Beanie Sigels Reveals That Skate Property Will Still Happen

DX: I don't know if you get enough credit for your entrepreneurial ideas. I know the money hasn't always been right with endeavors like Pro Keds and State Property, for example. The one that's most intriguing to me was Skate Property with Stevie Williams at the beginning of the last decade before the onset of skateboarding and Hip Hop. Do you ever think about what might've been had Skate Property launched the way it was supposed to?

Beanie Sigel: I brought Stevie Williams up to Roc-A-Fella and to the studio. I had a meeting with Dame [Dash]. There was a cat that was in Love Park and was skating. There was a black kid skating and doing the tricks. You know skating back then was primarily inner city White youth that was doing it. Then you had this Black kid that was doing it that was better than them. I just saw a vision that this guy right here is just different. To me, I felt there was no limit to what we can do, so I'm telling Dame that I wanted to do this thing called Skate Property. Dame couldn't see the vision. Then a year later, Reebok picked him up and he became the biggest thing in skateboarding at the time. That's around the time the X Games was blowing up big. I was looking at that money, trying to get into the X Games. But everything happens for a reason because I just got with Stevie again and Stevie never forgot me. I remember I had to go away for that year he got his Reebok deal. His first ad with Reebok, I was sitting on my bunk flipping through a magazine and I saw his name, Stevie Williams. When I looked through, his first ad was him in Tower Records - when there was still a Tower Records. He bought every last B. Coming CD that was in the store. He had on his RBK hat and that was the only thing remotely close to Reebok. We recently hooked back up and Skate Property will be in effect.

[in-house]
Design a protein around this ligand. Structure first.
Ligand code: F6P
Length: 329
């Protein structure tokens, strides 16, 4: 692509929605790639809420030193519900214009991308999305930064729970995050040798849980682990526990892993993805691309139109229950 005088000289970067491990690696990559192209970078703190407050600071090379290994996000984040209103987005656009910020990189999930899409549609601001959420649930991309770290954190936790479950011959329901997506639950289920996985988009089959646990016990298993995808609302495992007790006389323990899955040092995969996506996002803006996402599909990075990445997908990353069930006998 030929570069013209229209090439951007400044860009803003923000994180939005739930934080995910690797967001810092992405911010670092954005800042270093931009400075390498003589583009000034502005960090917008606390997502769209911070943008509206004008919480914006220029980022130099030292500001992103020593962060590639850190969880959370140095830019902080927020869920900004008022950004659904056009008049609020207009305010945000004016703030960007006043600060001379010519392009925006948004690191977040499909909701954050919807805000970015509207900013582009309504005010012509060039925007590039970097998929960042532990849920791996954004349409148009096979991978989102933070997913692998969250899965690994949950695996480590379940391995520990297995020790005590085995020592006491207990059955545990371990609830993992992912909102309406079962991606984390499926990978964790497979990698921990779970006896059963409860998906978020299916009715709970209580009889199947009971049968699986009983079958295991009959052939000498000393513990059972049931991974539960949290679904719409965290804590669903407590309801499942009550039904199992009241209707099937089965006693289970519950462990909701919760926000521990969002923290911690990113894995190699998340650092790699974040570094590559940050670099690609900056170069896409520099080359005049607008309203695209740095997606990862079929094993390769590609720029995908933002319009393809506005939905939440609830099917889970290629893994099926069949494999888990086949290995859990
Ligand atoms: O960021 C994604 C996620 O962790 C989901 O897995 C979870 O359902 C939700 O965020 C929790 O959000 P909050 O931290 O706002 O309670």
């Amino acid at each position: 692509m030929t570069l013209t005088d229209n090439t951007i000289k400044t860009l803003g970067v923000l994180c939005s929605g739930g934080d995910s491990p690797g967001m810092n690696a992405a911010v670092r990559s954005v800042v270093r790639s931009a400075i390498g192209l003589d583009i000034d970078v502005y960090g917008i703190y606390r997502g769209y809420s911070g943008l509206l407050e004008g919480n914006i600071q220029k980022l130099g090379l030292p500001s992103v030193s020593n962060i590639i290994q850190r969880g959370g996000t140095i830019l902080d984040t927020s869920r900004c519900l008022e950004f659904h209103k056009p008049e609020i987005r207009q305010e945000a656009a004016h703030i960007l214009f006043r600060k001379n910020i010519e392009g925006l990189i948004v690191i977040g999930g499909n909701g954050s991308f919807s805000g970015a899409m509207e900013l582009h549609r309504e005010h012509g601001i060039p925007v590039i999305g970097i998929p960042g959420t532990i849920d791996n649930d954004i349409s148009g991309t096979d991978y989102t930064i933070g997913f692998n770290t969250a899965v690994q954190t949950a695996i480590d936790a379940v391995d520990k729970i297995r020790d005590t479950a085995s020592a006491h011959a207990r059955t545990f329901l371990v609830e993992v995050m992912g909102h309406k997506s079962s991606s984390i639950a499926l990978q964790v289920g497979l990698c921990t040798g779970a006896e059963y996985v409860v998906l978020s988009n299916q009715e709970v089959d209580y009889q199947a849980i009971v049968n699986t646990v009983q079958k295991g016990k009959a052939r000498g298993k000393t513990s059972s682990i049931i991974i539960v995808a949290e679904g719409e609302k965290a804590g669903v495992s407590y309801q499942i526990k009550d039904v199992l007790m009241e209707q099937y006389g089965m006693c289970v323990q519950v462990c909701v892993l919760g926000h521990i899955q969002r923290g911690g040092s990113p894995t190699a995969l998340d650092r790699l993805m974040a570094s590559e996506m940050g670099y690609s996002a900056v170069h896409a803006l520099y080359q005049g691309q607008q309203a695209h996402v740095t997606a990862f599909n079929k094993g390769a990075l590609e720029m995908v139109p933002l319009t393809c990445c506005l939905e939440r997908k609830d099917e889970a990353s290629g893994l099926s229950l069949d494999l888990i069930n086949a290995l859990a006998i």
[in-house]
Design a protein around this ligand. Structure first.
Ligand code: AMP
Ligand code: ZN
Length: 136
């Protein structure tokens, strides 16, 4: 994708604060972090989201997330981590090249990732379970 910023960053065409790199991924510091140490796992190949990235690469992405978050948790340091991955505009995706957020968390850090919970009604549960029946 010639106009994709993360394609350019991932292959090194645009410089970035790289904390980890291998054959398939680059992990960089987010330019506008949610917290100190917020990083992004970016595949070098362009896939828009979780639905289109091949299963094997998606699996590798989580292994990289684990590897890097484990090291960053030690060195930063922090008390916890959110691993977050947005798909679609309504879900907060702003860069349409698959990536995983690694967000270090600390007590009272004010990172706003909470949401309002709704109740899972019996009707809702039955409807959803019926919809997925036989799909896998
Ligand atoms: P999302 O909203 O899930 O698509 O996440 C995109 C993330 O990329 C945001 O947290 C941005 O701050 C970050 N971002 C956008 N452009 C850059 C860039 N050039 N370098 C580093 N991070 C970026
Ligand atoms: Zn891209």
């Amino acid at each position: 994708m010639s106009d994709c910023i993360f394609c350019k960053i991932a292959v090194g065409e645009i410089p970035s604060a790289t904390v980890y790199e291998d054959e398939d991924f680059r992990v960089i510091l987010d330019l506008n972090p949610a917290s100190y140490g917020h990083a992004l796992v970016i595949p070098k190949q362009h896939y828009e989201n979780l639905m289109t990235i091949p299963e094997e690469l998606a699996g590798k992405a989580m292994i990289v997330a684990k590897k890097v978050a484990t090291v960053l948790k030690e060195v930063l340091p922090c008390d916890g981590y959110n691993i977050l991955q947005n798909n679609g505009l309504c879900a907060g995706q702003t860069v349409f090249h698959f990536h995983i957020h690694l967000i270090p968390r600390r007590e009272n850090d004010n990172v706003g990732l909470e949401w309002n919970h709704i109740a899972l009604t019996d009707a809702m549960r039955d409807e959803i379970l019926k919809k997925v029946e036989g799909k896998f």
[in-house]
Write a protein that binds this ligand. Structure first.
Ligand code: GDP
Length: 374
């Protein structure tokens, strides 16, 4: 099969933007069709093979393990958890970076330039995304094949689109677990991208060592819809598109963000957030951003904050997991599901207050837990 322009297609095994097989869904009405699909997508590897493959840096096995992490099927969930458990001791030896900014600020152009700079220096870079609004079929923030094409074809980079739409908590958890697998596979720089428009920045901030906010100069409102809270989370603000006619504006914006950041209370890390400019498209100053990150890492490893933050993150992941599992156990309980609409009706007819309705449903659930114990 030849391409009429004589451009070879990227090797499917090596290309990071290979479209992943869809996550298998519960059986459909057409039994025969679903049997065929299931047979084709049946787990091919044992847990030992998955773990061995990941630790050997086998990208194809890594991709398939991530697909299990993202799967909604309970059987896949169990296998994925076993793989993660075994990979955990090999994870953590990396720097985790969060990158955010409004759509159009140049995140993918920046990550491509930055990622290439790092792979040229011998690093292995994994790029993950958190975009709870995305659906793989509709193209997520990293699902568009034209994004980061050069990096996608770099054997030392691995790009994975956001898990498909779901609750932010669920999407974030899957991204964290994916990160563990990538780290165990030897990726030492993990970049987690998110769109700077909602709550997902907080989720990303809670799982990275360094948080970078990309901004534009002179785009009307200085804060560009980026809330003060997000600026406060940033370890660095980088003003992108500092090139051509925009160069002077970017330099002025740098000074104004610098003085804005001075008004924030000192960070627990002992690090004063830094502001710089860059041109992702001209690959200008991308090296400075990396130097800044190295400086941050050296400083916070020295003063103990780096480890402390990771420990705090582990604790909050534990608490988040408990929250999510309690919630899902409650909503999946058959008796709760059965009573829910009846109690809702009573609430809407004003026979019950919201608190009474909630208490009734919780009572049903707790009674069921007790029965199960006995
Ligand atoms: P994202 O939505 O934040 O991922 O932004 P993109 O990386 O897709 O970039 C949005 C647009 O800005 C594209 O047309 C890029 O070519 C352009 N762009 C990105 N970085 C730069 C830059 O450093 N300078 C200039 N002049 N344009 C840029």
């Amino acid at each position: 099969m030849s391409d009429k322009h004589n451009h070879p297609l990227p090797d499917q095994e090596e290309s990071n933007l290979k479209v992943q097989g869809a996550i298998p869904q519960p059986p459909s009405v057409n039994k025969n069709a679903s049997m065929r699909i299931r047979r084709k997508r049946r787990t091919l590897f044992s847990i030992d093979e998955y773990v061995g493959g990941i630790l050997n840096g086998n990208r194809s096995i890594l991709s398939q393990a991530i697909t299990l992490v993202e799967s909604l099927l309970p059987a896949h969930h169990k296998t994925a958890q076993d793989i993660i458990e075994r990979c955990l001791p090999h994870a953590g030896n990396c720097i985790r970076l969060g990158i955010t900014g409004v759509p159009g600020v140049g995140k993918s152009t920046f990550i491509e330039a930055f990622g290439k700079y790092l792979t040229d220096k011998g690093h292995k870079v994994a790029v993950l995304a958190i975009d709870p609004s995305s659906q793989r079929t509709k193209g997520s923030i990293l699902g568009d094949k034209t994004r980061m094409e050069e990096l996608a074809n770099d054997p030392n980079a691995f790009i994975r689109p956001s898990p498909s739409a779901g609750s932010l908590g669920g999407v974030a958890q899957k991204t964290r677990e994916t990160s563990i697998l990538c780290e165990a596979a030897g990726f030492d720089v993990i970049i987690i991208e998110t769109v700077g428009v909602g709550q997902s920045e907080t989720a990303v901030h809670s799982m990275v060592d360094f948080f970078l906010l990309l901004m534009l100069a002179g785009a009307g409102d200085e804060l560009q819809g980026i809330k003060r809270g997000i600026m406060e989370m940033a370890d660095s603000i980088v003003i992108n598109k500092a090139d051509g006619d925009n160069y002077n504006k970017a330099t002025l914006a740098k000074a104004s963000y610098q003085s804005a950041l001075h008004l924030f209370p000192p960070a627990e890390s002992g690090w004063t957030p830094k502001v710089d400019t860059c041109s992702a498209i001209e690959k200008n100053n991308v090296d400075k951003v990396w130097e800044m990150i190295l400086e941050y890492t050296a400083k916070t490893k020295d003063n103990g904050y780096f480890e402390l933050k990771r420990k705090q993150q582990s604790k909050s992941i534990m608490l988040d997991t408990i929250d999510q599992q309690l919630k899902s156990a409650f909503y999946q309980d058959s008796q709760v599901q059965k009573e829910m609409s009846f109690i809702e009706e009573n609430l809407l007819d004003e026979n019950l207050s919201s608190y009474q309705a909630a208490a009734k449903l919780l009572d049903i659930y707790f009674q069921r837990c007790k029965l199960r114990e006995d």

DX: That's good.

Beanie Sigel: Yeah, he never forgot the kid. He reached out. We contacted each other and he was like, "Yo, man, when nobody believed in me, you believed in me. Anything I can do to help you in any situation, let me know." I'm like, "Yo, when you wanna do something, let's complete our vision. Let's do that Skate Property thing." So, it's on and popping.

DX: Congratulations, sir.

Beanie Sigel: Congratulations to Stevie. That's what you call a true friend right there: Somebody who will never forget.

DX: Chris, you said something interesting in your press release regarding Beans upcoming album. What you said was that you're working with "self-established marquee artists..."

Chris Schwartz: Actually, that quote got garbled a little bit. It's "established, self-contained marquee name artists." I really want to deal with an artist who created their own market; who basically have an idea how they want to be perceived. It's all the difference in the world. Historically, that's what I've been successful with.

DX: I grew up on Ruffhouse Records throughout the 1990s. Is it fair to say that Cypress Hill and The Fugees were established? It felt like you guys ushered them in.